“Whereas previously they gave based on a piece of legislation, now they’re giving because they’re connected to our root mission and to the successes of our federal presence on the hill or our grass roots presence in the states as it relates to reproductive rights,” Donahue says.
Around the same time NARAL Pro-Choice America restructured its acquisition/reinstatement program, the Internet emerged as a new DRM and fundraising frontier. Like many nonprofits, the organization has been using the Internet to do follow-up touches to members, sending them e-mail versions of campaigns they’ve received via direct mail or by phone.
“We’ve used the Internet to do the one-two punch with donors,” Donahue says. “We like to approach [donors] with one form of fundraising solicitation and then follow up with another, whether it’s a direct-mail piece and then the Internet follow up, or telemarketing and then the direct-mail follow up.”
NARAL Pro-Choice America has used this strategy along with targeted messaging that acknowledges donors’ previous gifts in the year to turn one-time gift members into multi-donors and even monthly donors. Monthly donors become Friends of NARAL Pro-Choice America, the ultimate benefit of which is the knowledge that they’re giving in the most cost-effective, reliable way and afford the organization a sustainable resource.
The organization sends a monthly donation ask within the first three weeks from the time a member’s donation is keyed into its database. The message: Our opponents have deep pockets, so we need our most loyal supporters to step up and provide us with a sustainable, reliable, cost-effective means of getting revenue. The initial sustainer ask is followed with a telemarketing ask.
Donahue says asking members to become monthly donors early on has led to a higher conversion rate and a higher average gift in the organization’s monthly giving program.
About six years ago, NARAL Pro-Choice America decided to restructure its major-donor program. According to Kushner, the organization wanted to expand its program to include two tracks: one that would include all of its traditional major-donor outreach such as meetings, personal phone calls, cultivation events, etc.; and another that would encompass high-end, high-touch direct-mail and telemarketing appeals.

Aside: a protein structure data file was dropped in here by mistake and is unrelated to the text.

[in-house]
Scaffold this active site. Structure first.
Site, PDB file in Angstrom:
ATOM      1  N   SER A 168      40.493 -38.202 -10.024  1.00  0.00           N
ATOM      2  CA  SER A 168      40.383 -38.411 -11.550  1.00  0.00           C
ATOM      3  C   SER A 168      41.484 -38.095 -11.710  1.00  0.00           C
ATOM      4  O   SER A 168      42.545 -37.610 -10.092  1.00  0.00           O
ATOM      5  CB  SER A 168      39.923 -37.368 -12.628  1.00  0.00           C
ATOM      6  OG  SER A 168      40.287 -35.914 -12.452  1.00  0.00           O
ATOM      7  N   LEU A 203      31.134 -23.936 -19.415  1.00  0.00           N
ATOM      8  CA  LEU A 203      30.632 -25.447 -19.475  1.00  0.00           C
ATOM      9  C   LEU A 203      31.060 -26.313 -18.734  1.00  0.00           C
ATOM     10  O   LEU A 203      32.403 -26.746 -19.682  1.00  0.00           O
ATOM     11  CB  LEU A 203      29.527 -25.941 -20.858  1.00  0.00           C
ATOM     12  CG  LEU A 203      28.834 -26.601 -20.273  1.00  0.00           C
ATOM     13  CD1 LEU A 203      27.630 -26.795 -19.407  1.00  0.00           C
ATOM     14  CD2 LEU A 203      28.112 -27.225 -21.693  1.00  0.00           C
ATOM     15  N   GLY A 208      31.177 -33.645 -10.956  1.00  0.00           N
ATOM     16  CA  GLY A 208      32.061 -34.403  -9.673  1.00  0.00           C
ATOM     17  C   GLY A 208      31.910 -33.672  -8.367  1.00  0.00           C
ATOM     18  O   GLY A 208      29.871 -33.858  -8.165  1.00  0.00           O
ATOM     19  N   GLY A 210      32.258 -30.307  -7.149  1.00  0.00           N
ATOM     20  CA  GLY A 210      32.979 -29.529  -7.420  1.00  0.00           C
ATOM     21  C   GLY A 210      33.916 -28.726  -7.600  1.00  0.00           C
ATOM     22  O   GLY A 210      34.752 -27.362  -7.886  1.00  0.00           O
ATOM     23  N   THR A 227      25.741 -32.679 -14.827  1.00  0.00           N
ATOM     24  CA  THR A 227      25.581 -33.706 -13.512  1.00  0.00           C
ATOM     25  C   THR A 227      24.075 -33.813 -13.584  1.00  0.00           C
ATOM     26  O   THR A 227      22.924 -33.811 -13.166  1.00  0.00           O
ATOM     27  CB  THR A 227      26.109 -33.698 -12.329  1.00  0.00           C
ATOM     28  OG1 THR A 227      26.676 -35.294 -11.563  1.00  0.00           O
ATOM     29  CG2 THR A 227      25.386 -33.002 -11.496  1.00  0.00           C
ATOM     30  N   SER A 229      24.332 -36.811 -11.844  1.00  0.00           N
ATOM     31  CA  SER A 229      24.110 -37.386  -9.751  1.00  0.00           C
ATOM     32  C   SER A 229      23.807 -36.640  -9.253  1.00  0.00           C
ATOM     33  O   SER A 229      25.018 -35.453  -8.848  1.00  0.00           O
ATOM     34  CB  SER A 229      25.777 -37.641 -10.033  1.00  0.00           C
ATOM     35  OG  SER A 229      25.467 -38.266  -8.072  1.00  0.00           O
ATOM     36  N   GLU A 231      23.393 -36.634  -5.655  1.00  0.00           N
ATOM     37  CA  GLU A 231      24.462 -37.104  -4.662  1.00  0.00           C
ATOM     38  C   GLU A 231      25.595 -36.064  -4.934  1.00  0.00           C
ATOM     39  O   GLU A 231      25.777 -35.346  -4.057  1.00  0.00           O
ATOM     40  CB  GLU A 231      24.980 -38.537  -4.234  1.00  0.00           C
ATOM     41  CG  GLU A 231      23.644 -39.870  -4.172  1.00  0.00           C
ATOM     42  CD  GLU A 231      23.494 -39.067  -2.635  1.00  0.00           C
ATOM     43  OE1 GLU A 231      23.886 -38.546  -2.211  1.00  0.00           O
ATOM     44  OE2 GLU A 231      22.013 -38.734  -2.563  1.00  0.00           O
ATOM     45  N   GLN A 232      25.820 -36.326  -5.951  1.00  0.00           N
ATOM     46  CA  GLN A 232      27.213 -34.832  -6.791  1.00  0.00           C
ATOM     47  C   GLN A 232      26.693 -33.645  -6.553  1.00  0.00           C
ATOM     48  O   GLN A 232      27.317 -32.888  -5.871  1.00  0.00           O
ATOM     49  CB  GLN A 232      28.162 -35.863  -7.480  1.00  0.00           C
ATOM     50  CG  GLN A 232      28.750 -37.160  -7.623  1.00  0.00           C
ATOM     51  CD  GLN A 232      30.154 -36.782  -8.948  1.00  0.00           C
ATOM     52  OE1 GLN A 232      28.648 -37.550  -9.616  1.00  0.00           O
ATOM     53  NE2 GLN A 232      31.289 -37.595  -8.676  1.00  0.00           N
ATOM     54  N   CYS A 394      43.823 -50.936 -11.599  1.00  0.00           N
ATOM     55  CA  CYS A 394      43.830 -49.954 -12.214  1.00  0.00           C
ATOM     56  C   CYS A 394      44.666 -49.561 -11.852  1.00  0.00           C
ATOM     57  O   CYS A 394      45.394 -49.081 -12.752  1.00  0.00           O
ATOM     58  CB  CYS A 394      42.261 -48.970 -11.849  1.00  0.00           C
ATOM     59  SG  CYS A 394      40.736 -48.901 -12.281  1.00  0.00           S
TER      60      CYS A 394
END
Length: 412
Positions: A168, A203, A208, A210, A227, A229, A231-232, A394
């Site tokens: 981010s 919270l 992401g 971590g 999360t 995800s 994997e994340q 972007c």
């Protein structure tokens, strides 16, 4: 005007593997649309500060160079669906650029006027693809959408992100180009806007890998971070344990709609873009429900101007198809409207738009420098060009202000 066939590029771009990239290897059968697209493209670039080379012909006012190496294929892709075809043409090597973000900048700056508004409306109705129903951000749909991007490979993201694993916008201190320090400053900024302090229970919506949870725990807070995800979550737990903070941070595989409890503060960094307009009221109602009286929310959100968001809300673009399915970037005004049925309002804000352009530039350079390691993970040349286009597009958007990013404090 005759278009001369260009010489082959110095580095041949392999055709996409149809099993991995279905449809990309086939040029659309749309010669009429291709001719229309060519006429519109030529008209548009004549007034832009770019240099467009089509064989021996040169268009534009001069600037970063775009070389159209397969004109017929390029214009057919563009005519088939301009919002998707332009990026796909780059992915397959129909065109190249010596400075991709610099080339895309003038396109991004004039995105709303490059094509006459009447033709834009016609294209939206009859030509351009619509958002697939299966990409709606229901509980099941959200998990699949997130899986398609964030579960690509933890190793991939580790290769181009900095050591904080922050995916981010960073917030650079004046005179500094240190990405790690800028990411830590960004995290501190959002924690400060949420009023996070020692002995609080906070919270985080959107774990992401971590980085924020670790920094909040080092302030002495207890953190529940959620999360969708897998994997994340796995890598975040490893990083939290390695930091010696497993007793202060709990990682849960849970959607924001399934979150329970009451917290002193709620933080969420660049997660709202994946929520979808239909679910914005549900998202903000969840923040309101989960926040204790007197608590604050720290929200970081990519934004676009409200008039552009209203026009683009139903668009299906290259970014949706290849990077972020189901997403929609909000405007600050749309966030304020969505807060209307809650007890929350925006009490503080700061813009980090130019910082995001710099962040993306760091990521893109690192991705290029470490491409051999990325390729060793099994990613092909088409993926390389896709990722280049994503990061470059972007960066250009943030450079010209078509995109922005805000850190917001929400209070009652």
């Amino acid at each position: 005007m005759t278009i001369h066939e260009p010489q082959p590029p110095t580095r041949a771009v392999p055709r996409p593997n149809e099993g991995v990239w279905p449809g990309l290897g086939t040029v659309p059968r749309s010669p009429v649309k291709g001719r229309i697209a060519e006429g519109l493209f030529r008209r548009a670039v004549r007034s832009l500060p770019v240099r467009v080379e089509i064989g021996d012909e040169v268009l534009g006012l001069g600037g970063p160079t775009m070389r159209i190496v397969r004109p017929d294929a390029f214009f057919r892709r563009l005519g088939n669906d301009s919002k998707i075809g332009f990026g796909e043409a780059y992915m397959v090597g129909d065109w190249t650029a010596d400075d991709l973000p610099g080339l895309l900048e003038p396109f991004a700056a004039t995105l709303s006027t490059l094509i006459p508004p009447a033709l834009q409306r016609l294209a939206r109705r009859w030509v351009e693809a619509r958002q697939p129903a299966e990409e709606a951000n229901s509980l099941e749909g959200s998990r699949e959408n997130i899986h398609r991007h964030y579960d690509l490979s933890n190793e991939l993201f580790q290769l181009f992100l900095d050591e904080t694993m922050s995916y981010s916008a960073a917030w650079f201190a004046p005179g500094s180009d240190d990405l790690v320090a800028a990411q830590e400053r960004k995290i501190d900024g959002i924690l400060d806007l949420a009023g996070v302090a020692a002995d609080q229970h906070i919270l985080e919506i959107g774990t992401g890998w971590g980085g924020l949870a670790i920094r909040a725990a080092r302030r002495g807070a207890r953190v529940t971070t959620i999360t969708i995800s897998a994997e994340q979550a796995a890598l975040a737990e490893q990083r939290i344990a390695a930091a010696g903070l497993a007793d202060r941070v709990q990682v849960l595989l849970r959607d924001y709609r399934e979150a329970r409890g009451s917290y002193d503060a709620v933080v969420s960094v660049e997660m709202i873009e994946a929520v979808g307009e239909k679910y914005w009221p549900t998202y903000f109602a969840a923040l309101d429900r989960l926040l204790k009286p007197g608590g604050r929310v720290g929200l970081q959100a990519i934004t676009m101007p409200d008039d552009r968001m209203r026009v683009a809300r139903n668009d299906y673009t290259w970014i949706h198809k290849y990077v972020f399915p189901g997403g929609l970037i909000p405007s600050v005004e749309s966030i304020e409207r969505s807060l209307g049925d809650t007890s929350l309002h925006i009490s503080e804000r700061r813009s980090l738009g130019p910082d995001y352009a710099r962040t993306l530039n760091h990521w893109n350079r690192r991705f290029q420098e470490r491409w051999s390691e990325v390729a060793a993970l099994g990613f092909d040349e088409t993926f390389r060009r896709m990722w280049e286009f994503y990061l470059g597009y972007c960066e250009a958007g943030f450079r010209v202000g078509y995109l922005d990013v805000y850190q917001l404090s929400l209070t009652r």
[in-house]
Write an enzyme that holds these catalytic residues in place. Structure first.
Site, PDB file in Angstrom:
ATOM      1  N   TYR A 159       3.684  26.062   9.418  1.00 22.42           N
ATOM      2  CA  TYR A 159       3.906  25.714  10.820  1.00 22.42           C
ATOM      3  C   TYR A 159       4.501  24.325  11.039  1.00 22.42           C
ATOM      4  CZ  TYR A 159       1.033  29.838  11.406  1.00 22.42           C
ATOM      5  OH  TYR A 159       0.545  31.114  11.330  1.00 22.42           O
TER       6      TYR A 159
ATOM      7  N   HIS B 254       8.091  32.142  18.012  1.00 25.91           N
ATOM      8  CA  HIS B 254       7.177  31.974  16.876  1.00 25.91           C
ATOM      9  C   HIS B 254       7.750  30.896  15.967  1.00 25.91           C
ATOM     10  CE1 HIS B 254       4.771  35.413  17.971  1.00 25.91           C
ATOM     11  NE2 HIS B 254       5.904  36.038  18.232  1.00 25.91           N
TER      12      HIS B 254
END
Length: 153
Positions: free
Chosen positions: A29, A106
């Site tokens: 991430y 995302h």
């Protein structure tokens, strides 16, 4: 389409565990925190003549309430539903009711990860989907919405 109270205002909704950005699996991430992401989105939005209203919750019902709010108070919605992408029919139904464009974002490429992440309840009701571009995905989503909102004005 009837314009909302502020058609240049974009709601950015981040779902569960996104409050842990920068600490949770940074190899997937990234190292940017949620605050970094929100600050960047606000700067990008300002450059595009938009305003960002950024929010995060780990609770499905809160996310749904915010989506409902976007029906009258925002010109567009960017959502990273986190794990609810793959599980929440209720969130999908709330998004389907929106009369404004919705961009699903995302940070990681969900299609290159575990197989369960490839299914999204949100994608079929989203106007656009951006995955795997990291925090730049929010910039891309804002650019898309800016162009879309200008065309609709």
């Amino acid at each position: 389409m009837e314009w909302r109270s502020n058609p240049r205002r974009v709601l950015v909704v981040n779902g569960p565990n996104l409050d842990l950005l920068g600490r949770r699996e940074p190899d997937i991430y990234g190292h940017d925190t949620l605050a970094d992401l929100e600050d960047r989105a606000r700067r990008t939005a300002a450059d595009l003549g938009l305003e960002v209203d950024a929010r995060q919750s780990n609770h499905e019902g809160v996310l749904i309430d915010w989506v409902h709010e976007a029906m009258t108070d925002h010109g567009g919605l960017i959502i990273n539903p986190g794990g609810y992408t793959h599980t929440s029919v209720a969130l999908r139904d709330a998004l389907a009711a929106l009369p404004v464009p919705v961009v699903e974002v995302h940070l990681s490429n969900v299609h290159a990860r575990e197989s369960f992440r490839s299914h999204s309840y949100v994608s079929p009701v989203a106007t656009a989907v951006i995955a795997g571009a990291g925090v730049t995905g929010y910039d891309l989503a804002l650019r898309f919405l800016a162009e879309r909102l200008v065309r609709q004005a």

The organization established the Justice Blackmun Society, a special classification for major donors — individuals who have given a single gift of $1,000 or more annually — with society members-only benefits such as invitations to and priority seating at special events, invitations to members-only conference call briefings with NARAL Pro-Choice America staff and prominent pro-choice leaders, and special recognition in the annual report.
The new direct-response program for society members includes personalized direct mail with ask strings based on the donor’s past giving history. The mail takes an insider approach in that it is much more involved and comprehensive, outlining NARAL Pro-Choice America’s political plan and keeping donors informed. For example, in regards to the upcoming mid-term elections, major donors receive a mail piece with information on the political races the organization has on the radar and the kind of work it intends to do. On the back end of the elections, they receive a briefing on the election outcomes, what the organization accomplished and how donors’ money was used.
In addition to restructuring the way it contacts its major donors, Kushner says the organization also has experimented with how often it contacts them.
“When I first came to NARAL Pro-Choice America, going on 11 years ago now, we were mailing our major donors on a quarterly basis and, overall, raising probably less than half of what we raise overall from our major donors today,” she says. “When we developed the direct-response program, we played with mailing as many as once a month to mailing every other month and some combination thereof.
“And so we’re constantly looking for ways to not overwhelm our major donors but also recognizing that, like the lower-dollar contributors, it often takes several mailings, and you don’t always know which one it is that’s going to inspire them to give,” she adds.
On the flip side, NARAL Pro-Choice America sends recent givers versions of direct-mail packages that include all the organization’s inside information minus the ask.
“We make sure to not always mail them asking for money,” says Meghan Kross, associate director of development for direct response. “Sometimes we mail them to show what their money went toward or highlight some of our programs or media coverage, so that every time they open that envelope it’s not going to be asking for money. We have to cultivate them and give them a rest now and then.”
Kushner stresses that the major-donor direct-response program complements, not replaces, the organization’s overall major-donor strategy.
“It’s really part of a whole, and it’s on a continuum with the other kinds of very traditional major-donor stewardship and cultivation activities that go on in a comprehensive program,” she explains. “But I also would say to folks that you can receive very large, substantial gifts through the mail, and a lot of people actually find it less intrusive and are very happy to write a large check. We’ve received checks upwards of $25,000 — and even some larger than that — in response to direct-mail pieces.”